The purpose of the proposed multi-trait, multi-method research is to describe the relationships among children's social and moral understanding, their family and peer relationships, and their school adjustment in the middle childhood period. This sample of British children has been followed from age 4 years. The proposed study would extend this longitudinal study until the children are 9 and 10 years old. The application also proposes extending the study to include a cross-sectional sample of 40 children who are 9 and 10 year-old and who were identified as preschoolers as both """"""""hard-to-manage"""""""" and at risk for later conduct and peer relation problems. The study will generate data on the social and cognitive processes that link relationships and on understanding and adjustment between the preschool period and middle childhood. A major purpose of this research program is to bridge the gap between research on understanding of mind and on social relationships. The application also seeks to explore the parallels and discrepancies among the social and cognitive processes for a """"""""unselected (normative) sample and a sample of difficult preschoolers."""""""" The primary research areas to be explored are: 1) developmental changes in and differentiation of social and moral understanding, executive control, and cognitive functioning, and friendship, and the comparison of these patterns in the main and 'hard-to-manage' samples; 2) relations between individual differences in socio-moral understanding, executive control, and in close relationships and peer relation concurrently in second and fourth grade, for the normative and the """"""""hard-to-manage"""""""" sample, over time between second and fourth grade, and in relation to early family experiences, early friendship, and early social cognition assessments, for both samples; and (3) predictors of adjustment, perceived self competence, and antisocial behavior in second grade and in fourth grade.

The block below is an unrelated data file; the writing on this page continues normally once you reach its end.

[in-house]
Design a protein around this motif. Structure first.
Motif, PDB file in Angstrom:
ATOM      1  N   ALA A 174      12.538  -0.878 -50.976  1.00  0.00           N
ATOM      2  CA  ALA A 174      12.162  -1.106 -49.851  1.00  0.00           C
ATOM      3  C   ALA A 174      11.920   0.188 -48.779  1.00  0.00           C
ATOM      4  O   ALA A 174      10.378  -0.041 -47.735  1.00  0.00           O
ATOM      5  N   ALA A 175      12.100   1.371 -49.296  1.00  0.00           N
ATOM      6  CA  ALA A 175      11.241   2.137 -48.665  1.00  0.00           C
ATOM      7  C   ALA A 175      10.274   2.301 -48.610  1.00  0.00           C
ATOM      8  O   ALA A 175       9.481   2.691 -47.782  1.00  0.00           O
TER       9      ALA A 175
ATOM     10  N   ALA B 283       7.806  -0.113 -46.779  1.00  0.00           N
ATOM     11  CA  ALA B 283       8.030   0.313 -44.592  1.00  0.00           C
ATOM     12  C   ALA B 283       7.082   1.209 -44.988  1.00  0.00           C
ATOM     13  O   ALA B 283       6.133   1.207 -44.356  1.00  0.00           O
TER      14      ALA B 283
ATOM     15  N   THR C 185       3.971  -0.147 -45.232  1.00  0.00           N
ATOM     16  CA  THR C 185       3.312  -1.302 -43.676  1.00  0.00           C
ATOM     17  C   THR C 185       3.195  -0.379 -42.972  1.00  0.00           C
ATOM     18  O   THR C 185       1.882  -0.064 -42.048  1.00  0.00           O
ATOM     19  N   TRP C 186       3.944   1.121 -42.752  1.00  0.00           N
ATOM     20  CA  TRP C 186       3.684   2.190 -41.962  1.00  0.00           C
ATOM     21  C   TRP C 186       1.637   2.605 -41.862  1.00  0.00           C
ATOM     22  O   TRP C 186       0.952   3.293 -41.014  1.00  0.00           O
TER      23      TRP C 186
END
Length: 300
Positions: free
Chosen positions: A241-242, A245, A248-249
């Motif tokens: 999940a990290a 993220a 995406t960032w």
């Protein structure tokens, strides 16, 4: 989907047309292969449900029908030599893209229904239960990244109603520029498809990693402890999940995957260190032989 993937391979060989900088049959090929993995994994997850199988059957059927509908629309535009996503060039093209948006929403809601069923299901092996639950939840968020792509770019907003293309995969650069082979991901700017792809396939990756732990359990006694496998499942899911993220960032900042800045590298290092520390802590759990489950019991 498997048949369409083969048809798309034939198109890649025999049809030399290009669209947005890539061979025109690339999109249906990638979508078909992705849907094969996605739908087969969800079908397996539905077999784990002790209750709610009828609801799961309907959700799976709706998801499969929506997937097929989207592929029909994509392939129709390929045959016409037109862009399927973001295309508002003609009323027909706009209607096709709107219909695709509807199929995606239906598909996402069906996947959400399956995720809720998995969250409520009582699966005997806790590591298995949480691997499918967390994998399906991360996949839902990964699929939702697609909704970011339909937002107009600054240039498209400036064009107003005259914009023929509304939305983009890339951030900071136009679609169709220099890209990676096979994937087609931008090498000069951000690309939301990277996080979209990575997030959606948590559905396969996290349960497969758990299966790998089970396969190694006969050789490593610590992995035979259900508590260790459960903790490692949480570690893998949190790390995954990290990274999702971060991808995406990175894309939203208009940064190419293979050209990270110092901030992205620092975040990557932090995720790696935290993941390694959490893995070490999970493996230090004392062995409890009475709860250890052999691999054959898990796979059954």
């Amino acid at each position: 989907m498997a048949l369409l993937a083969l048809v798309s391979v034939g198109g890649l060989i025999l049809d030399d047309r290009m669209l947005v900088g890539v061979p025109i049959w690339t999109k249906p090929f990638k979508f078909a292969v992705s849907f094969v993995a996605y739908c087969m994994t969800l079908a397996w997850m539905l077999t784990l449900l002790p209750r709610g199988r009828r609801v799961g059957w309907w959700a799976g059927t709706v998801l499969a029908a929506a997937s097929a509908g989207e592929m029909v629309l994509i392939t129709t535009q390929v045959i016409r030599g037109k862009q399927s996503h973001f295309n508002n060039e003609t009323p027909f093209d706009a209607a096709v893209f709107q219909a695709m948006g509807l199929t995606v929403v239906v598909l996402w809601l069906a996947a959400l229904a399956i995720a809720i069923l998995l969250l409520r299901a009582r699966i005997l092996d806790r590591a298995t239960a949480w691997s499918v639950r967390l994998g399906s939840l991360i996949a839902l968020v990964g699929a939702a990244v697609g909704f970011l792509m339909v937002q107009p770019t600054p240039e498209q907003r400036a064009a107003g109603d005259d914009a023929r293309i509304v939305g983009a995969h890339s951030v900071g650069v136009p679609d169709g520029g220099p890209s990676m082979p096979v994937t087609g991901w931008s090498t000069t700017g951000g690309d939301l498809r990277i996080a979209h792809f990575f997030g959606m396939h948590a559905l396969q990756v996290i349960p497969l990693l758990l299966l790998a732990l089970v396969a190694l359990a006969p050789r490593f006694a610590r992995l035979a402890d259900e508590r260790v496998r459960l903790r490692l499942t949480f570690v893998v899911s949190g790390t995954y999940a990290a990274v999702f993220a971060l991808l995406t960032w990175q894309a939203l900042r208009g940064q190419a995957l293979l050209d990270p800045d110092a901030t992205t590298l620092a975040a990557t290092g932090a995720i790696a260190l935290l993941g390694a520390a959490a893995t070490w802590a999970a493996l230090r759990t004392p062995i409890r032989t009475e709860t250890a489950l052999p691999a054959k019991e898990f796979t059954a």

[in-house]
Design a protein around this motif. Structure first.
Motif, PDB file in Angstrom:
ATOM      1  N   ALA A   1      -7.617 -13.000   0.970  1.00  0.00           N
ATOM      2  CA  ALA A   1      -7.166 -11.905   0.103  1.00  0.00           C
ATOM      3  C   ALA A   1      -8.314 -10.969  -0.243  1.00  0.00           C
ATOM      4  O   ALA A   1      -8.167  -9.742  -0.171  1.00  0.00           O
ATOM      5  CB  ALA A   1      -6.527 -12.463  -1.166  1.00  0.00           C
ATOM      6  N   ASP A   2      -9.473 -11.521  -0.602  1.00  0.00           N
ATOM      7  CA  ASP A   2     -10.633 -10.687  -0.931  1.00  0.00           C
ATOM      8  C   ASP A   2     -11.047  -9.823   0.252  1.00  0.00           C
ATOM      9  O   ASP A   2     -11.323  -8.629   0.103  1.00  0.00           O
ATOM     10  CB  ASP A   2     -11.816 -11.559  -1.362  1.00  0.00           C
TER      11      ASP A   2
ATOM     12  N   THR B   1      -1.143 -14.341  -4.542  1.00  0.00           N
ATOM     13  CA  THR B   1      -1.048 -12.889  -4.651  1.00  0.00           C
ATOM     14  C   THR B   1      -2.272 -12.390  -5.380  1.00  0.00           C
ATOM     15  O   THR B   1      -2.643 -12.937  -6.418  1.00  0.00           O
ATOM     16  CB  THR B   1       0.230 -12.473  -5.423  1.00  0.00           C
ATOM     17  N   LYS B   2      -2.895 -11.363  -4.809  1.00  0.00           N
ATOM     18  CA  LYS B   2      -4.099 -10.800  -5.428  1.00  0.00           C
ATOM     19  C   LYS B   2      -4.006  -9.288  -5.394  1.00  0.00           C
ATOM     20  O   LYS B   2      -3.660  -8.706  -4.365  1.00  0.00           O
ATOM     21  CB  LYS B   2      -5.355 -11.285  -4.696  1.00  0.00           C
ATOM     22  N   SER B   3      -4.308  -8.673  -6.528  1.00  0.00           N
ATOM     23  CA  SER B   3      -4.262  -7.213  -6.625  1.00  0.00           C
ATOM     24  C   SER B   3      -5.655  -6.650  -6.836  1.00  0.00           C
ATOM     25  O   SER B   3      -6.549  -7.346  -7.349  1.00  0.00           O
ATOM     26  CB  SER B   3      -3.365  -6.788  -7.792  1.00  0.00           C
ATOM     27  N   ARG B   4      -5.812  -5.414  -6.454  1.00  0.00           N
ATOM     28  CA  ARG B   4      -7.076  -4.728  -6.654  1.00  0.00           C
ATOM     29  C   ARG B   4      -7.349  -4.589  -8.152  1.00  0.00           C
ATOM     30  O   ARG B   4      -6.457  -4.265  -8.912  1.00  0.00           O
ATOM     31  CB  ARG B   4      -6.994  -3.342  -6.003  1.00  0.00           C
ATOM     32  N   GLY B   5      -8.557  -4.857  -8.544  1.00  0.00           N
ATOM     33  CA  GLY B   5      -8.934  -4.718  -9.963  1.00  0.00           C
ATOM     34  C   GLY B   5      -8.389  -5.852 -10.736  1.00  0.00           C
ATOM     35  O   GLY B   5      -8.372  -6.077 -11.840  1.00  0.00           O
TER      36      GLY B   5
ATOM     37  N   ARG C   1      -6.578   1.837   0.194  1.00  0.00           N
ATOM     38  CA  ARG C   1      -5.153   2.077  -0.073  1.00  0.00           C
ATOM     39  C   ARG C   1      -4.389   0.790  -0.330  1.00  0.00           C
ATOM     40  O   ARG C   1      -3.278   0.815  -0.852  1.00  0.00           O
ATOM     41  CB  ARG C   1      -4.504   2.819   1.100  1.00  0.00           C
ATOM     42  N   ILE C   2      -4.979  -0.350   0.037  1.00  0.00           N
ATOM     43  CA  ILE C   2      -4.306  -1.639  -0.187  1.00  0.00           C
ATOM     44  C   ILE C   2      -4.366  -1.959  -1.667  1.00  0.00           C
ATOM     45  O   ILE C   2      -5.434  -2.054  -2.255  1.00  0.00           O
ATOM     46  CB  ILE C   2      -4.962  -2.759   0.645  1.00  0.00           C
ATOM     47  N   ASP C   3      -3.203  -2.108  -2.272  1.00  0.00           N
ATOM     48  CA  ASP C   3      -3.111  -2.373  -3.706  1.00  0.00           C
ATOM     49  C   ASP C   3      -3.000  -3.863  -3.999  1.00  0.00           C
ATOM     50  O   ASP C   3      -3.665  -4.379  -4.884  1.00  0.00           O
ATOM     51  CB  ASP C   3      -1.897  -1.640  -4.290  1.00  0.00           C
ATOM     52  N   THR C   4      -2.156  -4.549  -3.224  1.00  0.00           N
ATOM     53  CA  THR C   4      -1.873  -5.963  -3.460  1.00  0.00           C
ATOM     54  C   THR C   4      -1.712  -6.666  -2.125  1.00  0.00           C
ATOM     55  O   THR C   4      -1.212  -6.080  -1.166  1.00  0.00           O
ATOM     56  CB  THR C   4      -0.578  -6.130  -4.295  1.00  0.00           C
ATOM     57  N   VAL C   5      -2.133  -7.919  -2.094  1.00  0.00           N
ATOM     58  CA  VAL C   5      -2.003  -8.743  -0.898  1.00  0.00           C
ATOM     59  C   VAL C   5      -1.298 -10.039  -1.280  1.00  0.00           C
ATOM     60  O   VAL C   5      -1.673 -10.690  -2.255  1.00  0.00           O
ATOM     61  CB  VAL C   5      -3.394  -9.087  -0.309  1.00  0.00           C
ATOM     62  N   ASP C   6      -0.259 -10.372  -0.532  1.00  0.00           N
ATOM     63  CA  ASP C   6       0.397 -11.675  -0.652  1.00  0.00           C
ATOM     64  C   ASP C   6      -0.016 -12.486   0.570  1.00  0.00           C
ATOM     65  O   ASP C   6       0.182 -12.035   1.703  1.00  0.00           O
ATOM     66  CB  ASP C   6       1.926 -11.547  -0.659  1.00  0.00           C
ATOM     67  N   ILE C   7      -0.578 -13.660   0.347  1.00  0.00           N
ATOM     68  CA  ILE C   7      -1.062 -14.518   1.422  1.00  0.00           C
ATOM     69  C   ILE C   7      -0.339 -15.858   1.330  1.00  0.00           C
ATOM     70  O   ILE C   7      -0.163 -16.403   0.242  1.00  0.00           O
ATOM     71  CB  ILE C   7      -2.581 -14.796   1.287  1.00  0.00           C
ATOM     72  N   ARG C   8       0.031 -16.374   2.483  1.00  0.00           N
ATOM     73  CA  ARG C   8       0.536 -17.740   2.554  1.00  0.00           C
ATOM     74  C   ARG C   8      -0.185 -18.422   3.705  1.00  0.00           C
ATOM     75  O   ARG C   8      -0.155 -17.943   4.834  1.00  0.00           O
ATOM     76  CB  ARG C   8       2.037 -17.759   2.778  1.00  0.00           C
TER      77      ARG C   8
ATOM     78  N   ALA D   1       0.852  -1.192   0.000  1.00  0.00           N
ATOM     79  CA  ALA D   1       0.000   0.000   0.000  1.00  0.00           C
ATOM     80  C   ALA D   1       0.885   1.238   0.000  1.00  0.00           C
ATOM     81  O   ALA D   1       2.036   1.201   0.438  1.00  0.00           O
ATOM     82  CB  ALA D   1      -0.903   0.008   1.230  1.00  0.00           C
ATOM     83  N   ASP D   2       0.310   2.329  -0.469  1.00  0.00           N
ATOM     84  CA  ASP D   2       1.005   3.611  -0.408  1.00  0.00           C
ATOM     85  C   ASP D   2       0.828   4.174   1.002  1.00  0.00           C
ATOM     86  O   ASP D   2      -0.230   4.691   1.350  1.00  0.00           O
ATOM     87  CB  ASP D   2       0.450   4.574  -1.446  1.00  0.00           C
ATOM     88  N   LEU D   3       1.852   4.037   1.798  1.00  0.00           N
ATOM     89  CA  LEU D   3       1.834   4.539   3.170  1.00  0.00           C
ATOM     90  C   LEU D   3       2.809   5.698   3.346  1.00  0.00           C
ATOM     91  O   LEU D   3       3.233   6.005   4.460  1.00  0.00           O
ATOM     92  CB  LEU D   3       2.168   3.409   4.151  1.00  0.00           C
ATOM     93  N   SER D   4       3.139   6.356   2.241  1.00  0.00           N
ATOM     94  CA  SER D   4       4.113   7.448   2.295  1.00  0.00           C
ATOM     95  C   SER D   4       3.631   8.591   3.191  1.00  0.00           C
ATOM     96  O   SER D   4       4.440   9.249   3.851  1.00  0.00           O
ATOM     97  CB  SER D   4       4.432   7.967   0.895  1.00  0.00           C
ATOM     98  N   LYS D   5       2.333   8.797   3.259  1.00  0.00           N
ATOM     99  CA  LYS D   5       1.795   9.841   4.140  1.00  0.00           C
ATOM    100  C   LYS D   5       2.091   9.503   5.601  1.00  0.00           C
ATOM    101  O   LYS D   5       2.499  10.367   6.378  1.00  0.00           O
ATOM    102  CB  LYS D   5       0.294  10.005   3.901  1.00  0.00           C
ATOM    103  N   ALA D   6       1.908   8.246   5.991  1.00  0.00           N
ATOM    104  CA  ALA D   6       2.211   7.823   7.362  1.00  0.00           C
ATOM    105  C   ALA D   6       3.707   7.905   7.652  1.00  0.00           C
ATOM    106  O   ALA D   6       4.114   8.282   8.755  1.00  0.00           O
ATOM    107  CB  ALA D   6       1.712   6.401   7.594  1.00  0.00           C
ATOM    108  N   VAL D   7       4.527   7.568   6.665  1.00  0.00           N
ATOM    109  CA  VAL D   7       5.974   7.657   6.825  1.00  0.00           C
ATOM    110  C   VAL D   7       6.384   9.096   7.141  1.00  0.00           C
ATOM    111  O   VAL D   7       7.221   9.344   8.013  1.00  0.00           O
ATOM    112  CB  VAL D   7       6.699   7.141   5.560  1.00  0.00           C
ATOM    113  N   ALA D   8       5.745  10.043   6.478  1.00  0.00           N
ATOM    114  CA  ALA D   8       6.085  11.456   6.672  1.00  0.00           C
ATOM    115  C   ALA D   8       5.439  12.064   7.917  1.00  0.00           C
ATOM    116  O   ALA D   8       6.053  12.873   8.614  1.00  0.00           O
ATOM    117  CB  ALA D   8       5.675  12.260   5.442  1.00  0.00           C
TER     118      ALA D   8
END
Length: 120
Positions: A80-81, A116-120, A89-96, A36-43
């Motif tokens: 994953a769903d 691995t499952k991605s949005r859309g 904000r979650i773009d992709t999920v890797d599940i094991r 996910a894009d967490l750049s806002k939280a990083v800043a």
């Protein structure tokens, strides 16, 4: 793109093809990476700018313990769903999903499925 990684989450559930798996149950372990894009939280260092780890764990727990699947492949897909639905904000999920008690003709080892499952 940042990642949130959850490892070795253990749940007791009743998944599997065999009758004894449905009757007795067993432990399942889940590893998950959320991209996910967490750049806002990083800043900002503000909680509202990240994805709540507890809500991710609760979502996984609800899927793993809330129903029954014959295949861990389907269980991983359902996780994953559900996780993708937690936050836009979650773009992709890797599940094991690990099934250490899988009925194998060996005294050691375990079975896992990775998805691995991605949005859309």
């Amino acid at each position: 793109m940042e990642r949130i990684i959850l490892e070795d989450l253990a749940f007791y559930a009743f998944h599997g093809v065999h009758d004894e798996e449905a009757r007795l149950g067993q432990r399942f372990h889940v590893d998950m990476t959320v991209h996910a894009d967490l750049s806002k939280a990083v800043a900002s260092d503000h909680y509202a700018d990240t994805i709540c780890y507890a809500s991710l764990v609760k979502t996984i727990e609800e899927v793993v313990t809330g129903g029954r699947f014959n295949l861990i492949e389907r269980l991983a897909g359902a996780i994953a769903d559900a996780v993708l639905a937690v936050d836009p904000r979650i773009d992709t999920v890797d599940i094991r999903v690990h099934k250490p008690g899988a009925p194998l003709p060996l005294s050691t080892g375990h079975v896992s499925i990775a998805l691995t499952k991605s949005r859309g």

National Institute of Health (NIH)
Eunice Kennedy Shriver National Institute of Child Health & Human Development (NICHD)
Research Project (R01)
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Study Section
Human Development and Aging Subcommittee 3 (HUD)
Program Officer
Feerick, Margaret M
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University of London Institute of Psychiatry
United Kingdom
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Dunn, Judy; Cutting, Alexandra L; Fisher, Naomi (2002) Old friends, new friends: predictors of children's perspective on their friends at school. Child Dev 73:621-35
Cutting, Alexandra L; Dunn, Judy (2002) The cost of understanding other people: social cognition predicts young children's sensitivity to criticism. J Child Psychol Psychiatry 43:849-60
Hughes, C; Cutting, A L; Dunn, J (2001) Acting nasty in the face of failure? Longitudinal observations of ""hard-to-manage"" children playing a rigged competitive game with a friend. J Abnorm Child Psychol 29:403-16
Dunn, J; Hughes, C (2001) ""I got some swords and you're dead!"": violent fantasy, antisocial behavior, friendship, and moral sensibility in young children. Child Dev 72:491-505
Cutting, A L; Dunn, J (1999) Theory of mind, emotion understanding, language, and family background: individual differences and interrelations. Child Dev 70:853-65
Piotrowski, C C (1999) Keeping the peace or peace of mind? Maternal cognitions about sibling conflict and aggression. New Dir Child Adolesc Dev :5-23
Hughes, C; Dunn, J (1998) Understanding mind and emotion: longitudinal associations with mental-state talk between young friends. Dev Psychol 34:1026-37
Herrera, C; Dunn, J (1997) Early experiences with family conflict: implications for arguments with a close friend. Dev Psychol 33:869-81
Dunn, J (1996) The Emanuel Miller Memorial Lecture 1995. Children's relationships: bridging the divide between cognitive and social development. J Child Psychol Psychiatry 37:507-18
Brown, J R; Dunn, J (1996) Continuities in emotion understanding from three to six years. Child Dev 67:789-802

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